ii. Medical or physical problems?
No medical issues. She does have an issue with being able to control her impulses and resource guards objects in the house. She vocalises if any prevention towards her freedom occurs and is only quiet when she is moving around. She does not control this very well. There is some evidence to suggest that the red strain of the cockers have an over production of Dopamine, possibly linked to the agouti gene sequence and transcription which could be one of the reasons that she is not able to control her drive related behaviour. She has been checked over by a vet and there appears to be no other problems. She has not had a blood test to rule out thyroid.
iii. Eating routines and diet?
Morning feed after exercise or being let out. Kong feeding and evening meal. Treats given in the day for various activities. Fed a natural unprocessed diet: Natural Instinct. Treats Fishmongers Finest small kibble for treat balls.
iv. Daily schedule?
Out in the morning, training, daily walks, let out at least every 4 hours, affection times throughout the day, sleeps in a crate whenever she wants to.
v. Enclosure and activity space?
She sleeps in her crate. She usually goes to bed of her own accord around 7pm and does not surface until the next morning. She has a private garden to roam around with owner at least every 4 hours in the day. In the house she has free access to all rooms except when owner absent and then she has a snug in the kitchen with other house dog. She walks for at least 1 hour per day in a vast landscape nowhere near any roads. She has the occasional day off of a walk and is hardly left. She is given enrichment activities a few times a day and other brain training activities. She is not left alone for long periods unless it is an exceptional circumstance.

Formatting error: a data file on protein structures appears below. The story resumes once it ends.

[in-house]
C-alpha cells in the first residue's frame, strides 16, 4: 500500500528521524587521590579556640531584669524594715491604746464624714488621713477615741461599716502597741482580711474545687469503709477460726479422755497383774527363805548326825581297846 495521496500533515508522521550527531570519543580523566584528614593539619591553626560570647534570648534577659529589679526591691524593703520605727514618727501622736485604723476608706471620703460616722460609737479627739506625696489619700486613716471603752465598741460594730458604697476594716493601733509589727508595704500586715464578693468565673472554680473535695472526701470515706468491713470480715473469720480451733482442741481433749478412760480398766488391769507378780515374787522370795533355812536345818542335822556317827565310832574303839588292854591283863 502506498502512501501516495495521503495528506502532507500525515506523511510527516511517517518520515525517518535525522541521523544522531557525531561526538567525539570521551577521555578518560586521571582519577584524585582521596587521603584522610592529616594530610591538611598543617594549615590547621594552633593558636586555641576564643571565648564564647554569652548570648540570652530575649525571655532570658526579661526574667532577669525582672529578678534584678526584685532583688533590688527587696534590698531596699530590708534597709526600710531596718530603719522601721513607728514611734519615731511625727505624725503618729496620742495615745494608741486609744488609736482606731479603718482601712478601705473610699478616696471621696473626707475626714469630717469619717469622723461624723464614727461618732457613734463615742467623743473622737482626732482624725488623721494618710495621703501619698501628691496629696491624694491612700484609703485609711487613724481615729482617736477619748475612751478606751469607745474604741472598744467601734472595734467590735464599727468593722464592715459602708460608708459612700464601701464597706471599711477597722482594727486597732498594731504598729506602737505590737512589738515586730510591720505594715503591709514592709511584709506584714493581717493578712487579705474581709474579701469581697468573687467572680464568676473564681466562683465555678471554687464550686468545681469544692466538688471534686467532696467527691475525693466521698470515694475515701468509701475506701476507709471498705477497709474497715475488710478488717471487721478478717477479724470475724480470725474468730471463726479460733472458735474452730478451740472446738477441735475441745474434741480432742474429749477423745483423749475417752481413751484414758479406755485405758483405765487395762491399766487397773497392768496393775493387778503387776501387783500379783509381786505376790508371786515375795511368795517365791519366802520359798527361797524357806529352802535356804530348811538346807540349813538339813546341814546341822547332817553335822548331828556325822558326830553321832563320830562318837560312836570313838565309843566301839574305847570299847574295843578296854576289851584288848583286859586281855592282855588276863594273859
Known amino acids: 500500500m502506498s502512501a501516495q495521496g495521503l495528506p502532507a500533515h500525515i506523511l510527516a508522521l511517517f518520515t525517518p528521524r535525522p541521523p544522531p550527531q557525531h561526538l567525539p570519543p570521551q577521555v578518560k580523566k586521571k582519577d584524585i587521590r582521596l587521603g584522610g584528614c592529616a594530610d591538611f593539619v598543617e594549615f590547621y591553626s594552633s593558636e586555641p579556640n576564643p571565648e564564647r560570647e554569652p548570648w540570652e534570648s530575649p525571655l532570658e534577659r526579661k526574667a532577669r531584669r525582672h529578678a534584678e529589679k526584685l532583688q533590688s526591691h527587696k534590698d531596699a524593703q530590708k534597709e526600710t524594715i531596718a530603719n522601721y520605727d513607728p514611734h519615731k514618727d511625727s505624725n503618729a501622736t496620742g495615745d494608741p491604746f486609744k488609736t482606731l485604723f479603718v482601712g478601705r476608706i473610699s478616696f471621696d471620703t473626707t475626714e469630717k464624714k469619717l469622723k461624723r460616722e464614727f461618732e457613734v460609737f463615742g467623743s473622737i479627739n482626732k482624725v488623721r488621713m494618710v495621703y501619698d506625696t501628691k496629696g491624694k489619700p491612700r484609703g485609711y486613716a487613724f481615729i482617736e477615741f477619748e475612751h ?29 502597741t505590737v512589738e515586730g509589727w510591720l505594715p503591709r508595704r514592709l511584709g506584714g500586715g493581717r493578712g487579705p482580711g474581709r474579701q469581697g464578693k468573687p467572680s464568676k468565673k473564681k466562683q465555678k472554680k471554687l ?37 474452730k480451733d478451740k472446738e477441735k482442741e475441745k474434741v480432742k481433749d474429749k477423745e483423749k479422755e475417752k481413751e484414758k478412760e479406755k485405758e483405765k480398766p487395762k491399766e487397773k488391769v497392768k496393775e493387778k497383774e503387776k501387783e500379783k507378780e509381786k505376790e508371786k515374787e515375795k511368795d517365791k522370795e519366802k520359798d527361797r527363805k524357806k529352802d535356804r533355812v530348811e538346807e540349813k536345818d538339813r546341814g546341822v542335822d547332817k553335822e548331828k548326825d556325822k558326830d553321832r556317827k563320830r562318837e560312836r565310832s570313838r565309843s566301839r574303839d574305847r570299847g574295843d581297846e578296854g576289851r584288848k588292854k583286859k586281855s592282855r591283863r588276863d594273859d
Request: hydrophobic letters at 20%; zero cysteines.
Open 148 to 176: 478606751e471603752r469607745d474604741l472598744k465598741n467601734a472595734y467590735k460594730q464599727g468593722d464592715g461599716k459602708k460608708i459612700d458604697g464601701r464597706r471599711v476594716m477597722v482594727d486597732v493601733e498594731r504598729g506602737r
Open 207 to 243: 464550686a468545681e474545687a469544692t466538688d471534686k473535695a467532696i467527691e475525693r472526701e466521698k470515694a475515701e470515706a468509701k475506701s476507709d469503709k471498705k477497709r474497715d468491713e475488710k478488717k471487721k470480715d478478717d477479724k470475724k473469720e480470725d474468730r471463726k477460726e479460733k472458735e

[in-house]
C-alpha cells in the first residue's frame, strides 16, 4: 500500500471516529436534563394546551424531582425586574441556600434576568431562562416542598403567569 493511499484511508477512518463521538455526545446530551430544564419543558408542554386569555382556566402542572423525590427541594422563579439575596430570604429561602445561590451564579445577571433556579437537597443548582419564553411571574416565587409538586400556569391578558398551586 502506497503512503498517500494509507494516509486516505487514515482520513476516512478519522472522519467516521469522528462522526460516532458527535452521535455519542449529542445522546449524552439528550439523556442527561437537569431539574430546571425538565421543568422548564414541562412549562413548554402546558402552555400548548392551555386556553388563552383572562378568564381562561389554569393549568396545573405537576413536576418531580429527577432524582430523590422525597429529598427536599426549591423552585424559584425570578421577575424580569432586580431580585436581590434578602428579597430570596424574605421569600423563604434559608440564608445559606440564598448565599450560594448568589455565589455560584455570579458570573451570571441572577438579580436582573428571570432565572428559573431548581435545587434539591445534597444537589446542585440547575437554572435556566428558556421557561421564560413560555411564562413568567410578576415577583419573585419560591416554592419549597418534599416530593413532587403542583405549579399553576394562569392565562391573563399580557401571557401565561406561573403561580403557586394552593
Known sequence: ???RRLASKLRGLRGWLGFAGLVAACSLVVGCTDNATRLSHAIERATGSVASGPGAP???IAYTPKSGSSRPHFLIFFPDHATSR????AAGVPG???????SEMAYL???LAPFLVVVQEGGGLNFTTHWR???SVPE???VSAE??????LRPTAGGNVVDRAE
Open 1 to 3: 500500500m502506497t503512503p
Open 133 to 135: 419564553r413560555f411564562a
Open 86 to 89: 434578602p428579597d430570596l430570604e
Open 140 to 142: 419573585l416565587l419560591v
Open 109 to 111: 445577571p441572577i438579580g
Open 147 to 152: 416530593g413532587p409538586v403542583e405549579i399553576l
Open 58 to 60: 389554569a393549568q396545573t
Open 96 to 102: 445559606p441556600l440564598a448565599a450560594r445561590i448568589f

b. What are the immediate antecedents that predict or set the occasion for the problem behaviour, including setting events, motivation operations, and discriminative stimuli (cues)?
Owner opens a door to free access area either a garden, walk or any other place where there is potential freedom. This also happens when they are let off the lead together in any setting or even if they are let off together after a period of calming on a walk. There is some charging when she is let off separately but she does not travel so far without other dog beside her.
1. Morning Approximate time(s) 8am
2. Afternoon Approximate time(s) 2pm
3. Evening Approximate time(s) 5pm
4. Other Anytime she is let off lead in any environment with her housemate present.
ii. Where anywhere where there is offlead potential, only outdoors from onleash to offleash around other house dog.
iii. With whom is the behavior problem most likely to occur?
i. In what ways is the problem behavior easier to do than the desired behavior?
Running off and exploring the world with no consequences and being able to return at your leisure after you have been exploring birds, watering holes, chasing rabbits and getting muddy are much easier to do than desired behaviour. The problem behaviour has been learned.
ii. Does the behavior immediately follow a caregiver’s demand or request?
NO. The lead might contribute to some extent to the build up of frustration which could make the desire for the behaviour (running off) stronger.
b. When is the animal most successful, that is, under what circumstances doesn’t the problem occur?
The problem does not occur when she is
- Off lead on her own
- has no escape routes from the garden
- is worried about where her caregiver is
- Is in a new environment on her own